There was relatively smaller expansion of public safety personnel; this category gobbles up 69% of the general fund. But the biggest new shift was the first phase of the percentage-based homestead exemption. It’s on-track to being increased up to the full 20% from the initial 6% that passed this year. This “Save Our Mansions” tax cut showers almost 50% of the cash on the top quarter of wealthiest households; the bottom quarter of household valuations get less than 10%. Once fully in place, it will be bigger than the Austin Public Library budget, costing about $40 million per year in today’s dollars. If you are wondering why there’s no bold progressive housing, mobility, or infrastructure investments it’s because we spent the money cutting taxes for the highest-valued homes.
Adding insult to injury, as the budget carving was concluding, a one-time $1 million dollar source was plowed into additional property tax cuts, instead of high-impact investments (e.g. housing homeless veterans). Worse, this move decreased the property tax rollback rate, so the mistake will compound over time. Needles to say, this bizarre choice provides significant dollar relief only to homes with stratospheric valuations.
To summarize: Council was born on the fiscal equivalent of third base and has been talking like they hit a triple. They did not.
Council continued to slowly wean itself off Austin Energy’s transfer under the watchful eye of the Texas legislature. It expanded solar purchases. A key water transmission leak was resolved. There were water conservation successes, mostly related to higher prices.
However, there were both operational oversight and strategic issues that were left unaddressed. Council’s oversight over utility operations remains a work-in-progress. Billing errors, improperly administered programs, and confusion about governance structure are just some of the operational issues. As for strategy, many Council members campaigned on developing “new models” that allowed the utilities to be low-cost, financially healthy, and environmentally friendly. That’s also a work-in-progress.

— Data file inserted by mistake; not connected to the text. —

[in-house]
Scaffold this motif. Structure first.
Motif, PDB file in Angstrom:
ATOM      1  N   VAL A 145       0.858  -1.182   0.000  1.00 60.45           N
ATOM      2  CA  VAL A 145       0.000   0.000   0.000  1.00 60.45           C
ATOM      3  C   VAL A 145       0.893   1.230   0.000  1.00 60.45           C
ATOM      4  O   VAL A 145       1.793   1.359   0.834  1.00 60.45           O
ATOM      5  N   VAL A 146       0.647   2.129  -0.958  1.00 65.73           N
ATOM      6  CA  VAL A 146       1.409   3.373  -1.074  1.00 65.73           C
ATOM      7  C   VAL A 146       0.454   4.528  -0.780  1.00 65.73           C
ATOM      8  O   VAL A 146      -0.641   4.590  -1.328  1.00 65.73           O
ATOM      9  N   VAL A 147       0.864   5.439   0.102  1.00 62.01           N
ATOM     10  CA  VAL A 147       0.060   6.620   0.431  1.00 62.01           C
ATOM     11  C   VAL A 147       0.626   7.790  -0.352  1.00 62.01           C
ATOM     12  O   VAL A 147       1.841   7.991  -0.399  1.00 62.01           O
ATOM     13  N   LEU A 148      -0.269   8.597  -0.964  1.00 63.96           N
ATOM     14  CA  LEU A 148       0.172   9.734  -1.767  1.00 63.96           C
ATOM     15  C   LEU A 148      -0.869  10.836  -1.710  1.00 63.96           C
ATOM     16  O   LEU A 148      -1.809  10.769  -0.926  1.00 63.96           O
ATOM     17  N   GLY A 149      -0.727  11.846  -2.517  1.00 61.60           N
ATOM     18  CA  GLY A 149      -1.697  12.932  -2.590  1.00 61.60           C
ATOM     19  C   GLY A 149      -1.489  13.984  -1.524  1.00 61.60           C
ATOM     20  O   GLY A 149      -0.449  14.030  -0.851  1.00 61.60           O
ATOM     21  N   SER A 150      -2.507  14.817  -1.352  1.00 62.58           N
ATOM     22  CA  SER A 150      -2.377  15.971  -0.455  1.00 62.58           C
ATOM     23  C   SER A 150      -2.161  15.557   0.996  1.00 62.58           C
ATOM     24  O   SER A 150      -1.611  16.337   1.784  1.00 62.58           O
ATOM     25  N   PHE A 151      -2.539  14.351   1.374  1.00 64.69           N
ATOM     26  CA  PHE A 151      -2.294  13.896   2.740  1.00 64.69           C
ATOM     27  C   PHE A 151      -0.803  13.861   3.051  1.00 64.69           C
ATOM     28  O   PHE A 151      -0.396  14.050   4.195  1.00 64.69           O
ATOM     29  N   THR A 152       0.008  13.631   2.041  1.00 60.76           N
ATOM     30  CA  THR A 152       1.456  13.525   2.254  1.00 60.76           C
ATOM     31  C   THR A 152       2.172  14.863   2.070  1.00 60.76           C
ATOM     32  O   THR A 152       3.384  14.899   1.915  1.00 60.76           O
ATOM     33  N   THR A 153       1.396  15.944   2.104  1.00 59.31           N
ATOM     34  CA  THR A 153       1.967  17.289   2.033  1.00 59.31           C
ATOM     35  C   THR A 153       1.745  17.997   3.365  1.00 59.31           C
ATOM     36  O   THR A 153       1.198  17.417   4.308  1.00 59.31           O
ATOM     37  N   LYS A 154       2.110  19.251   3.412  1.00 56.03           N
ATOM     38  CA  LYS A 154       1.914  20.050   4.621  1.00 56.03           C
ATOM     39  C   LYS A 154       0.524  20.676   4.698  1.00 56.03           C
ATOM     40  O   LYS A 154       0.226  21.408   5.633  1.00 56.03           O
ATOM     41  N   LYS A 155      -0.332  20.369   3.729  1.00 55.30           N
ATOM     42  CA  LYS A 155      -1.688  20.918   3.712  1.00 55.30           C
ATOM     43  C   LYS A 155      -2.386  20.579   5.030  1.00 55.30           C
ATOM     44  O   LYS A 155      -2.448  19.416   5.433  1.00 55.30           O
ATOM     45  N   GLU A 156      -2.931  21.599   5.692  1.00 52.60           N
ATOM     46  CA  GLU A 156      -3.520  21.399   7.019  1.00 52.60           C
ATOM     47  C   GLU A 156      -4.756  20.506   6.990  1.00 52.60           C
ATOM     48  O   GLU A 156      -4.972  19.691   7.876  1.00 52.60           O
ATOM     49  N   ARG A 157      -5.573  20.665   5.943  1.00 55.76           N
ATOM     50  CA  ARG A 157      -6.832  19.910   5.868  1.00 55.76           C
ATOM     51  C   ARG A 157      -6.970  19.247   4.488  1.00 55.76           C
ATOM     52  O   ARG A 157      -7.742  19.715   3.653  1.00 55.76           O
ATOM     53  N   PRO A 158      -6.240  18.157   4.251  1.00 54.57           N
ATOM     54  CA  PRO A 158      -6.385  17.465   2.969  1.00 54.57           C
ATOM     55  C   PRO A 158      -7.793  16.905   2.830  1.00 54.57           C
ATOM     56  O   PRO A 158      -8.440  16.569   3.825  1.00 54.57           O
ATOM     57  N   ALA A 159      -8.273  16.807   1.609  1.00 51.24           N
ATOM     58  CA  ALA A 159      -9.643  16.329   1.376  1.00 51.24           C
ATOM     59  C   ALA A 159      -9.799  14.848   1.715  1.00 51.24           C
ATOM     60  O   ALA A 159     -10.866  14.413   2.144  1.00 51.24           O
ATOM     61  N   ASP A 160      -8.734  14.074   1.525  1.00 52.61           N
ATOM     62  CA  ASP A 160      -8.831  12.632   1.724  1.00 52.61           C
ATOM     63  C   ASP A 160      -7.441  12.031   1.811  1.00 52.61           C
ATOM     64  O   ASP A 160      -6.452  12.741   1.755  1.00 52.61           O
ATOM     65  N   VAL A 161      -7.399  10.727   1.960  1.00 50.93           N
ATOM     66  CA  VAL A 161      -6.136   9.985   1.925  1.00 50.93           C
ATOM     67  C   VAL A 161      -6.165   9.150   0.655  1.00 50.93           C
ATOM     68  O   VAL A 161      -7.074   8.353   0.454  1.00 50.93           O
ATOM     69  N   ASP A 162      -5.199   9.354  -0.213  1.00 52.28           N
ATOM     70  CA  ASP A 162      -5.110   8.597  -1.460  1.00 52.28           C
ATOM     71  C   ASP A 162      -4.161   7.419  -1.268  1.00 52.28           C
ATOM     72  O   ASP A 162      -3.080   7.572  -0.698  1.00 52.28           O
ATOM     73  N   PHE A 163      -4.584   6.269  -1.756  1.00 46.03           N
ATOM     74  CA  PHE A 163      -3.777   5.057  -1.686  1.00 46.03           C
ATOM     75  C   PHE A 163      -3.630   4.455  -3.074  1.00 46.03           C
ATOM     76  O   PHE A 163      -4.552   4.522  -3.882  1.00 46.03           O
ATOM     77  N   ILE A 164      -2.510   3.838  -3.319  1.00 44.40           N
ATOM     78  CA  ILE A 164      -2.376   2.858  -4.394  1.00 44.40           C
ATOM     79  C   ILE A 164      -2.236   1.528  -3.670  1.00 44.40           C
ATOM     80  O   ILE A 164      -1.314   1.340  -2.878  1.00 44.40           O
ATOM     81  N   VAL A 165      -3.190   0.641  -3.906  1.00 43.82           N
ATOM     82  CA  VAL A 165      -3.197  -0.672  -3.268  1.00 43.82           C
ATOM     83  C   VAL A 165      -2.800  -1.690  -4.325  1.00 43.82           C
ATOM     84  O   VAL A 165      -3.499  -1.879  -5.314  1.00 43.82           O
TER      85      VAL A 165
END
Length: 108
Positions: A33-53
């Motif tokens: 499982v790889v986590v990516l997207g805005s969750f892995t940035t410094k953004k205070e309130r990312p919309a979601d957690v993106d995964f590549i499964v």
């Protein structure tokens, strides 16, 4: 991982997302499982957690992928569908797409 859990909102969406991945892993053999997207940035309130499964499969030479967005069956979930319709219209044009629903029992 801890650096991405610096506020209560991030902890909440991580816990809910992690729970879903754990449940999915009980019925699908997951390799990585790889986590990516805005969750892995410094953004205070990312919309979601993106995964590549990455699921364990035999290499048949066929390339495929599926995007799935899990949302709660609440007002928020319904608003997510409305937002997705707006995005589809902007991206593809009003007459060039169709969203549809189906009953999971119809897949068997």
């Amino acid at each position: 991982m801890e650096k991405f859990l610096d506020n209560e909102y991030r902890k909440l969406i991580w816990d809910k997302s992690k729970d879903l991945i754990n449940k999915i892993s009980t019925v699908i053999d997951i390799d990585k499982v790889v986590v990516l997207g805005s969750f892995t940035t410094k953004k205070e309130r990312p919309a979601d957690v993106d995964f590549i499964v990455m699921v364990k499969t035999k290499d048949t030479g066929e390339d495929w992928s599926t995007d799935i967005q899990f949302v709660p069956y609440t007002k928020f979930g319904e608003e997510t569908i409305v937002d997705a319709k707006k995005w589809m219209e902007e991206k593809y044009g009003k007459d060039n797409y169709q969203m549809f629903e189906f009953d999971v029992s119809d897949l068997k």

Public Safety: B+
Council started asking questions about the productivity of substantial increases in police spending. This is a refreshing change from recent budgets. They also quickly reacted to community requests for police body camera adoption. They quietly backed the City Manager’s efforts to prevent the City’s popular police chief from being poached by San Antonio. Crime and emergency response are rarely invoked as “problem areas” in Austin civic discussion.
The new set of Council members is still developing an approach to how they undertake oversight of City operations. In certain cases – such as a controversial employee training – they were very willing to take a strong stance on personnel and specific routines. In other areas, such as code enforcement, development review, utility customer service, and community engagement they’ve taken more indirect and potentially counter-productive approaches. Sometimes this means passing more laws instead of fixing operations (e.g. short-term rentals). Other times it means outright punting (land development code complexity).
Council members were highly accessible in 2015. If anything, there’s a bit of burnout amongst staffers developing as a result of constituents’ high engagement expectations, substantial committee meeting volume, and a tendency to allow extensive public testimony at full Council meetings. While they might not vote the way you’d like, this Council vintage has proven willing to sit there and hear people make their case.
All that said, Council might consider making some important changes (detailed here) to their committee and public testimony culture to broaden the share of Austinites participating as well as the quality of the information they personally hear.